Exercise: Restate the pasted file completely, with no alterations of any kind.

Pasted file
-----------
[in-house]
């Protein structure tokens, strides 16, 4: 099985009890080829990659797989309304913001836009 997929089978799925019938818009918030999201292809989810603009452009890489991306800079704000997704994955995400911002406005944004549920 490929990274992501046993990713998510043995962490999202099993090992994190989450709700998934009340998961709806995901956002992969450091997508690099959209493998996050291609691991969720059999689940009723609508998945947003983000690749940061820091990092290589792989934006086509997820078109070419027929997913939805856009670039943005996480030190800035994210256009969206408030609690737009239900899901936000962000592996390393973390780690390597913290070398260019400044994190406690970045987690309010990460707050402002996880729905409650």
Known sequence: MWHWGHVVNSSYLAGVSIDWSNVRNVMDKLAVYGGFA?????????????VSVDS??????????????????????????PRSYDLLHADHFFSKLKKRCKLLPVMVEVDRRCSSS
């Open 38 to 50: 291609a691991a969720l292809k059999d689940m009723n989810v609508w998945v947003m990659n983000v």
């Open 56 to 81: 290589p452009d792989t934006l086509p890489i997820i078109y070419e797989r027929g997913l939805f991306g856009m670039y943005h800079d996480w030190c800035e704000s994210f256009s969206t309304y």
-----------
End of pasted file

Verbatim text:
[in-house]
């Protein structure tokens, strides 16, 4: 099985009890080829990659797989309304913001836009 997929089978799925019938818009918030999201292809989810603009452009890489991306800079704000997704994955995400911002406005944004549920 490929990274992501046993990713998510043995962490999202099993090992994190989450709700998934009340998961709806995901956002992969450091997508690099959209493998996050291609691991969720059999689940009723609508998945947003983000690749940061820091990092290589792989934006086509997820078109070419027929997913939805856009670039943005996480030190800035994210256009969206408030609690737009239900899901936000962000592996390393973390780690390597913290070398260019400044994190406690970045987690309010990460707050402002996880729905409650």
Known sequence: MWHWGHVVNSSYLAGVSIDWSNVRNVMDKLAVYGGFA?????????????VSVDS??????????????????????????PRSYDLLHADHFFSKLKKRCKLLPVMVEVDRRCSSS
């Open 38 to 50: 291609a691991a969720l292809k059999d689940m009723n989810v609508w998945v947003m990659n983000v």
């Open 56 to 81: 290589p452009d792989t934006l086509p890489i997820i078109y070419e797989r027929g997913l939805f991306g856009m670039y943005h800079d996480w030190c800035e704000s994210f256009s969206t309304y």